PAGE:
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North East blue fin tuna, maybe some good news??

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"New Discovery: Bluefin Tuna Major Spawning Grounds Verified Off Northeast U.S.
The recent find is an important plus for continued good fishing and proper management for the A scientific paper published in the Canadian Journal of Fisheries and Aquatic Sciences states that the Slope Sea in the Northwest Atlantic Ocean (located between the Gulf Stream and the continental shelf of the Northeast United States) is a recently documented major spawning ground for Atlantic bluefin tuna.

The paper states that the Slope Sea was identified as a major spawning ground for Atlantic bluefin tuna because of “larval abundance, growth rates, and particle-tracking simulations.”

The paper notes that bluefin tuna larvae collected in the Slope Sea grew at the same rate as larvae in the Gulf of Mexico, which is a prime bluefin larval habitat area. oversize gamefish."
 

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This is some very cool research by some people I’ve worked with from WHOI, namely Dr. Chrissy Hernandez and Dr. Joel Llopiz. Chrissy presented this work as one of the chapters of her PhD dissertation, and for those of us who might not be able to access the paper (fisheries journals are usually behind paywalls), the basic summary is that larvae were found in similar numbers and with similar growth rates as those in known spawning grounds, with the main difference being that this new spawning location resulted in tuna that were on average larger during the onset of exogenous feeding (eating plankton and no longer relying on the yolk). This could be from cooler waters reducing the metabolism and respiration rates in larvae, which could serve as an advantage in years where food is scarce or environmental stressors are present. Also, more spawning locations means more redundancy in spawning where we might still have decent recruitment even if one spawning ground has a “bad year” for whatever reason. Very cool! Thanks for sharing

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Its refreshing to see posts that actually have content that is based on scientific research and data.   Thanks for posting.

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Don't get your hopes up.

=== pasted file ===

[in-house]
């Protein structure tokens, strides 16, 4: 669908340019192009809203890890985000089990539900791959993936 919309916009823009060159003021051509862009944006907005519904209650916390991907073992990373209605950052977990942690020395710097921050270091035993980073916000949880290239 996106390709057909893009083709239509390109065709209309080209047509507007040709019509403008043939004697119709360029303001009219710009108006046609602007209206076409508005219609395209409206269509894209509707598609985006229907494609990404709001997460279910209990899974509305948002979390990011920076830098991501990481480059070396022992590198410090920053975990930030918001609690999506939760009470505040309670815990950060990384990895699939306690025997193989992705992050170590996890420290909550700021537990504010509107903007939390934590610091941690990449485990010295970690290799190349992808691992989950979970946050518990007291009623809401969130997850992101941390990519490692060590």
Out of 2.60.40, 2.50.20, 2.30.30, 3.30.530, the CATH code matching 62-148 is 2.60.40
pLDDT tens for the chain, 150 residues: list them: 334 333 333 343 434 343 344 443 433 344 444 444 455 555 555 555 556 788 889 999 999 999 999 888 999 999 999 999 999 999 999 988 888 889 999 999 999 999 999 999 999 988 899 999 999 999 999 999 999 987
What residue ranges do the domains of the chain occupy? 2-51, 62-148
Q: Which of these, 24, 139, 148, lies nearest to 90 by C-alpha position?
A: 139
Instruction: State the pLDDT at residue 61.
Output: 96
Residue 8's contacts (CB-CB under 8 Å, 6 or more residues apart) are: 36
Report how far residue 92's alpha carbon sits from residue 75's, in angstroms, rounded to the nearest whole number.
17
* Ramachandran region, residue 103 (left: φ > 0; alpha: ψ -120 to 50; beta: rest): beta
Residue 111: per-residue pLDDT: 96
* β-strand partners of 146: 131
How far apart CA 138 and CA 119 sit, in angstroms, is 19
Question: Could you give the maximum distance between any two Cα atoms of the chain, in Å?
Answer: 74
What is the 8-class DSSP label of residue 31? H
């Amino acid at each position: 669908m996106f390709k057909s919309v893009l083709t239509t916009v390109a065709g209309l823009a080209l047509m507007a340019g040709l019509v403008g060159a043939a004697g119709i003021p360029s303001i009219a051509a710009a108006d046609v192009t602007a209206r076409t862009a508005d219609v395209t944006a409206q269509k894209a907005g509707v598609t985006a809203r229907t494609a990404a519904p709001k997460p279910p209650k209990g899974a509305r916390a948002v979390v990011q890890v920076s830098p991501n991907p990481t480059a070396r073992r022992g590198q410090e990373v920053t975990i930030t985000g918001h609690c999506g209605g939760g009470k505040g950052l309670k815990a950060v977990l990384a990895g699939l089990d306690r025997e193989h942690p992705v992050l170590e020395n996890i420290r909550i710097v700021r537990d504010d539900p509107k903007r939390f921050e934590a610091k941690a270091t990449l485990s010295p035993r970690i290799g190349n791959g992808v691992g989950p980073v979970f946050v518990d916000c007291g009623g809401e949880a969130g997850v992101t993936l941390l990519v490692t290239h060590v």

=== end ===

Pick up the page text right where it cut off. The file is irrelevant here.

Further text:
US fisheries management sucks across the board regardless of species.

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2 hours ago, GTs_and_Stripers said:

fisheries journals are usually behind paywalls

Sadly, almost all academic journals are behind paywalls, most of which cost thousands upon thousands a year for subscriptions.

 

There are a few good sites that let you get around some (Google Scholar and Sci-Hub to name a few). That said, dissertations are typically held in embargo, though more often than not, the thesis itself is a compilation of already published material. 

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4 mins ago, Camhabib said:

Sadly, almost all academic journals are behind paywalls, most of which cost thousands upon thousands a year for subscriptions.

 

There are a few good sites that let you get around some (Google Scholar and Sci-Hub to name a few). That said, dissertations are typically held in embargo, though more often than not, the thesis itself is a compilation of already published material. 

Totally right, another option if the paper is recent is to email the authors themselves, we’re always happy to send PDFs because we have nothing to lose, the journals are who makes all the money 

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4 mins ago, GTs_and_Stripers said:

Totally right, another option if the paper is recent is to email the authors themselves, we’re always happy to send PDFs because we have nothing to lose, the journals are who makes all the money 

This is another great option. Most NIH / NSF funded researchers are used to sending out material (strains, protocols, etc) anyways and are always happy to increase the views (and citations) for their publication. 

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1 hour ago, Gotcow? said:

Don't get your hopes up.

 

US fisheries management sucks across the board regardless of species.

BFT is managed by ICATT

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4 hours ago, GTs_and_Stripers said:

This is some very cool research by some people I’ve worked with from WHOI, namely Dr. Chrissy Hernandez and Dr. Joel Llopiz. Chrissy presented this work as one of the chapters of her PhD dissertation, and for those of us who might not be able to access the paper (fisheries journals are usually behind paywalls), the basic summary is that larvae were found in similar numbers and with similar growth rates as those in known spawning grounds, with the main difference being that this new spawning location resulted in tuna that were on average larger during the onset of exogenous feeding (eating plankton and no longer relying on the yolk). This could be from cooler waters reducing the metabolism and respiration rates in larvae, which could serve as an advantage in years where food is scarce or environmental stressors are present. Also, more spawning locations means more redundancy in spawning where we might still have decent recruitment even if one spawning ground has a “bad year” for whatever reason. Very cool! Thanks for sharing

:th:

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One of the principal scientists on that subject is Molly Lutcavage, go look her up.

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